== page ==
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Middle-ranking for Hungary in terms of EU funding payments

By December 2009 only one quarter of the contracted grants from EU funds had been paid out to beneficiaries in Hungary, amounting to €3.4 billion.

The ratio of the funding paid to date relative to the total amount of funds available over the seven-year period is 10%, which puts Hungary in fifth place among countries in the CEE region – according to a study carried out by KPMG entitled “EU Funds in Central and Eastern Europe – Progress report 2007-2009”.

In comparison to previous years, this KPMG report also contains payments made to date. According to data as of 31 December 2009, only one quarter of the contracted grants from EU funds had been paid out to beneficiaries in Hungary, amounting to €3.4 billion. This results in an absorption rate (grants paid relative to total funding over seven years) of 10%, putting Hungary in fifth place of the CEE countries, slightly above the average.

In Central and Eastern Europe until the end of last year, the countries had concluded contracts with beneficiaries amounting to €69.3 billion from the EU funding earmarked between 2007 and 2013 (€264.4 billion), of which €19.6 billion has already been paid to the winning applicants. This amounts to 7.4% of the total funding available, and a little more than one quarter of the total contracted amount. The data as of 31 December 2009 shows that the absorption was the highest in Slovenia and Lithuania at 18 and 17% respectively. In terms of payments, the lowest rates were recorded in Romania and Bulgaria at less than 5%.

On a pro rata basis the absorption of the CEE countries came in at 17%. Slovenia again leads the way, where almost 40% of the pro-rated funding was paid to the winning applicants.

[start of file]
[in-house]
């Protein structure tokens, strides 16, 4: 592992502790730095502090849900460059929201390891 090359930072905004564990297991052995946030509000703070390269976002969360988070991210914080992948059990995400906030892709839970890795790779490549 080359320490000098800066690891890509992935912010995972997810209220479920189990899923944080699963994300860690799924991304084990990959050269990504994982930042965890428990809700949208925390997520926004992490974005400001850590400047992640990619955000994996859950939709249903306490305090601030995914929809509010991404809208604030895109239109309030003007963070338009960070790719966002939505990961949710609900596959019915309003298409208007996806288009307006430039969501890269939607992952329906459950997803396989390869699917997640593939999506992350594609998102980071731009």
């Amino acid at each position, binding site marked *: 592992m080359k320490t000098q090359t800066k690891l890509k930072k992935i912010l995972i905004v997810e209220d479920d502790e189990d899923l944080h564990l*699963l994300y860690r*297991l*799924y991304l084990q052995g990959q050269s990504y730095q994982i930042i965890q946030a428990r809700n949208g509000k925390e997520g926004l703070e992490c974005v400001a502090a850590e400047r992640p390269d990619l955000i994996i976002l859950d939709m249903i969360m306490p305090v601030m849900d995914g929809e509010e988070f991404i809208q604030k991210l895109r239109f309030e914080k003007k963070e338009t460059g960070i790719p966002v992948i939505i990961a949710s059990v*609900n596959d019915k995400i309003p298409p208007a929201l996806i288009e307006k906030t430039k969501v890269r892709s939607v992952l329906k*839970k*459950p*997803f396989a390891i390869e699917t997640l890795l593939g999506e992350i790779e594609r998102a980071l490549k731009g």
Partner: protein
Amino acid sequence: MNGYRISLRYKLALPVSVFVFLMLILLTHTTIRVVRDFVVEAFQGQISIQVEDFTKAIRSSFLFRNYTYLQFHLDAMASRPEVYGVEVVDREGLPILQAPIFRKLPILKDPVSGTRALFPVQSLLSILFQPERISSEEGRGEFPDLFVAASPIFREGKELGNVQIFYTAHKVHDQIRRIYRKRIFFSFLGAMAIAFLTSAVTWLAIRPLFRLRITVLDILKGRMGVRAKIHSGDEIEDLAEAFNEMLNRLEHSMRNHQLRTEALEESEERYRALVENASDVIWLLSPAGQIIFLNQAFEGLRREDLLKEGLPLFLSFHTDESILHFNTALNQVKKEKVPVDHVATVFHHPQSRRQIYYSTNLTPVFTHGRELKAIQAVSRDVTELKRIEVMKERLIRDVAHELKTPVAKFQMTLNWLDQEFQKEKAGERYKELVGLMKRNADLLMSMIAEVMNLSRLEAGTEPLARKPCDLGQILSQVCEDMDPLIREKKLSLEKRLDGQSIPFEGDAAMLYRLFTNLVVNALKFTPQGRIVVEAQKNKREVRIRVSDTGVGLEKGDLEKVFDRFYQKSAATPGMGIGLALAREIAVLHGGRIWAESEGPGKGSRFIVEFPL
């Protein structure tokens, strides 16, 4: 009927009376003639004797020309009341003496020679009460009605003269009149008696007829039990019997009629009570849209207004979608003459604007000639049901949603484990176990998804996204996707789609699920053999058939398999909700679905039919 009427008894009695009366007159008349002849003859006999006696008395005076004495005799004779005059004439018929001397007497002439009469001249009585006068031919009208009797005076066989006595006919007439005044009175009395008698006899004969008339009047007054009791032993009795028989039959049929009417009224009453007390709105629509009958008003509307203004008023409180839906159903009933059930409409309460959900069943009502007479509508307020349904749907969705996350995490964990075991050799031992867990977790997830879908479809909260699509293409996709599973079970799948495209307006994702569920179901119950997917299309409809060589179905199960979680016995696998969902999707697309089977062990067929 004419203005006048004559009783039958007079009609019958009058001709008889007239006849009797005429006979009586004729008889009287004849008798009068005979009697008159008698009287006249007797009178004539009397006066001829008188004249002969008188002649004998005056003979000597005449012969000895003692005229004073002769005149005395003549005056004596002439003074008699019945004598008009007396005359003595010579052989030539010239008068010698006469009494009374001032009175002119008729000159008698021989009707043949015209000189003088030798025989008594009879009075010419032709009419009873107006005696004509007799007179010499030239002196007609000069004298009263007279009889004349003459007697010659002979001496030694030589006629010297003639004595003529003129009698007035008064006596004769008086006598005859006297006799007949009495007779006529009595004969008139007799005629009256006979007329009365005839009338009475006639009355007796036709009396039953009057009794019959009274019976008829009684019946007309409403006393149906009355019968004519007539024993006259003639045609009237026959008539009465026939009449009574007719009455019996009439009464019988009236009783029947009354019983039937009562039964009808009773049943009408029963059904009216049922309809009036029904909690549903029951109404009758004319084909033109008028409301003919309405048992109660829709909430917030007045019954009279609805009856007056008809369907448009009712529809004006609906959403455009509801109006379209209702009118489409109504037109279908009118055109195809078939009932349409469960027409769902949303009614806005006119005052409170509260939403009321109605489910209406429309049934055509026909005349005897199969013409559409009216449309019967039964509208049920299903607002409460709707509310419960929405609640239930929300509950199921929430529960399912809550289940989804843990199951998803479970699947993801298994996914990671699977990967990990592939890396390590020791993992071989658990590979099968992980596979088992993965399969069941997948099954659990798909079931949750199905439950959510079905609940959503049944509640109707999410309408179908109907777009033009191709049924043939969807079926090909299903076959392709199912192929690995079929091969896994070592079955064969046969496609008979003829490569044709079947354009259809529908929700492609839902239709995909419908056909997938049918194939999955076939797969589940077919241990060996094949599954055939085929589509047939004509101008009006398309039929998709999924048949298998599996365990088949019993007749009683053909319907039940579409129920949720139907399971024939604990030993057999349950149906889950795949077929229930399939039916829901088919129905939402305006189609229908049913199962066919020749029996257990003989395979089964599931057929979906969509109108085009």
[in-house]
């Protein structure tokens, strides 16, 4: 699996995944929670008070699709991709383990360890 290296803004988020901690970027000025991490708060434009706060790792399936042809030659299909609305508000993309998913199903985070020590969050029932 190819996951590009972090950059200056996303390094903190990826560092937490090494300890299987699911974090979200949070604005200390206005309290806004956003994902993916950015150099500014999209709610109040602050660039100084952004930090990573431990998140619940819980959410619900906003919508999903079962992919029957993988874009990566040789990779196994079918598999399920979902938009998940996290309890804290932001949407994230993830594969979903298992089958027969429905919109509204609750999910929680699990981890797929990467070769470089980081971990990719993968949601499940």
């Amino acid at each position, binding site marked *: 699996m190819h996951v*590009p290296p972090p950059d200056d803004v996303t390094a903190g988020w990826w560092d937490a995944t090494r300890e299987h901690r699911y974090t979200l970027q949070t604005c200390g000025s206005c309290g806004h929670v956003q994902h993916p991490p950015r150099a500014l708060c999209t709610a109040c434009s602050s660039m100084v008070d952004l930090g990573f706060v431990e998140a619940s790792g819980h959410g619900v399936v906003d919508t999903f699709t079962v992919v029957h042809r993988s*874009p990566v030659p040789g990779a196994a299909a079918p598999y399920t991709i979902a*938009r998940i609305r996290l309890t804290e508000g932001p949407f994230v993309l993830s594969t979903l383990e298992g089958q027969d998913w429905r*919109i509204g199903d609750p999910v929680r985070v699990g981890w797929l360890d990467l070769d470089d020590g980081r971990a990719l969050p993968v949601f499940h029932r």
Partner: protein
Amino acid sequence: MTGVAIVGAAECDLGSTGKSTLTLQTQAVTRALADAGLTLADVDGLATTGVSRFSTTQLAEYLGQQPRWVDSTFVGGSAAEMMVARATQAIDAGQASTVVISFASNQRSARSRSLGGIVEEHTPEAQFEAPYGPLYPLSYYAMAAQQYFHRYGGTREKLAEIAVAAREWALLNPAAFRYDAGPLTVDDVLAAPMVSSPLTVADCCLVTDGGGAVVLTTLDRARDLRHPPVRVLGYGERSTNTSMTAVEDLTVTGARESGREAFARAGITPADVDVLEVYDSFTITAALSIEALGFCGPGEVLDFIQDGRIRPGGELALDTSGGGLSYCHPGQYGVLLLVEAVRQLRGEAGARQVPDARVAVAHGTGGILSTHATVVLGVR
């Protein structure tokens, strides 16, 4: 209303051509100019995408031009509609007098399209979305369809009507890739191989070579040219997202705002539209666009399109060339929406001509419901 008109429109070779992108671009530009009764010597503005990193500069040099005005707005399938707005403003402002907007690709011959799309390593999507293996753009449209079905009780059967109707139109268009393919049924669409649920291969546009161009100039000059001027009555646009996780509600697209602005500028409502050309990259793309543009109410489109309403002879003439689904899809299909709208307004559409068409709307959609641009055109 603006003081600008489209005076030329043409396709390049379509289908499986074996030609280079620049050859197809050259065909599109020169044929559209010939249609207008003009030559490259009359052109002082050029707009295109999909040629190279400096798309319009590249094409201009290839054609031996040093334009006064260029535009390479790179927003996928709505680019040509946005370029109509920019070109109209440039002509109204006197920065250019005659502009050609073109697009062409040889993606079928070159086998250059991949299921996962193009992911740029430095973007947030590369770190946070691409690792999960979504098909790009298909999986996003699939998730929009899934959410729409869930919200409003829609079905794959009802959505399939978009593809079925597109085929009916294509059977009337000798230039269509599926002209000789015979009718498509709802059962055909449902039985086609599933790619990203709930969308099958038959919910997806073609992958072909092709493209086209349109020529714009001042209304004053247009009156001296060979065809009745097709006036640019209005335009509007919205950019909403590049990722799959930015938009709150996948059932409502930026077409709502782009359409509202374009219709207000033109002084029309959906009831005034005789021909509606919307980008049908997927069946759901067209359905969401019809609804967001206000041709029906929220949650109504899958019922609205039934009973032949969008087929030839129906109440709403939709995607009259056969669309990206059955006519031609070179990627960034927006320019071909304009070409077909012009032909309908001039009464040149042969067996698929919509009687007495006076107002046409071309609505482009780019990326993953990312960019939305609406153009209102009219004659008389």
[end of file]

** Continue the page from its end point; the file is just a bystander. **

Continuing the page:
“There are essentially two factors influencing the pace of payments: the willingness of the beneficiary to enter into a contract and start the project, as well as the efficiency of related institutions and relevant processes,” explained Éva Várnai, partner, head of public sector, KPMG in Central and Eastern Europe. “The crisis was crucial in terms of this first factor: many beneficiaries were unable to raise the own funds required for their projects, and so no contract was signed. The efficiency of administration procedures also slows the payment process down, albeit to different extents across the programs,” added Várnai.

Based on the data as of December 31, 2009, grant contracts were signed with beneficiaries for a sum of €13.3 billion (HUF 352.45 billion). Accordingly, the amount contracted per capita amounts to €1,325, the second highest figure in the region. The contracted amount totals 39% of the total funding available (€34.5 billion). This puts Hungary in third place in the region, beaten only by Estonia and Lithuania, which recorded figures of 44 and 41% respectively. In addition there are another three countries – Latvia, Slovenia and Slovakia – where the proportion of funding awarded in concluded grant contracts exceeded the EU average (26%). Romania has the lowest contracting rate.

Countries in the region introduced varying degrees of mitigating measures in response to the crisis. These included: reducing administrative burdens, raising the amount of funding (national contribution) to compensate for difficulties in obtaining loans, changes to legal regulations to soften requirements, simplifying competition conditions and increasing the sum of advance payments.

In view of the crisis Hungary opted to ease the eligibility criteria and reallocate funds affecting the operational programs. The main purpose of this latter measure was to adjust the grants to the changed economic climate.

In the 2007-13 period, 45% of the total available funding (roughly €120 billion altogether) can be spent on transport development, rural development and fisheries. In addition, an extremely high level of funding was allocated in the seven-year programs to human resource development, environmental protection and economic development activities. The least EU funding over the seven years was allocated to improving health care.

Between 2007 and 2009 the beneficiaries of projects co-funded by the EU spent 76% of the funding on five areas (€52.5 billion). These are as follows: transport development, rural development and fisheries, human resource development, economic development and environmental investments. Similarly to regional trends, the majority of funding in Hungary was spent on transport development, economic development and rural development until 31 December 2009. (press release)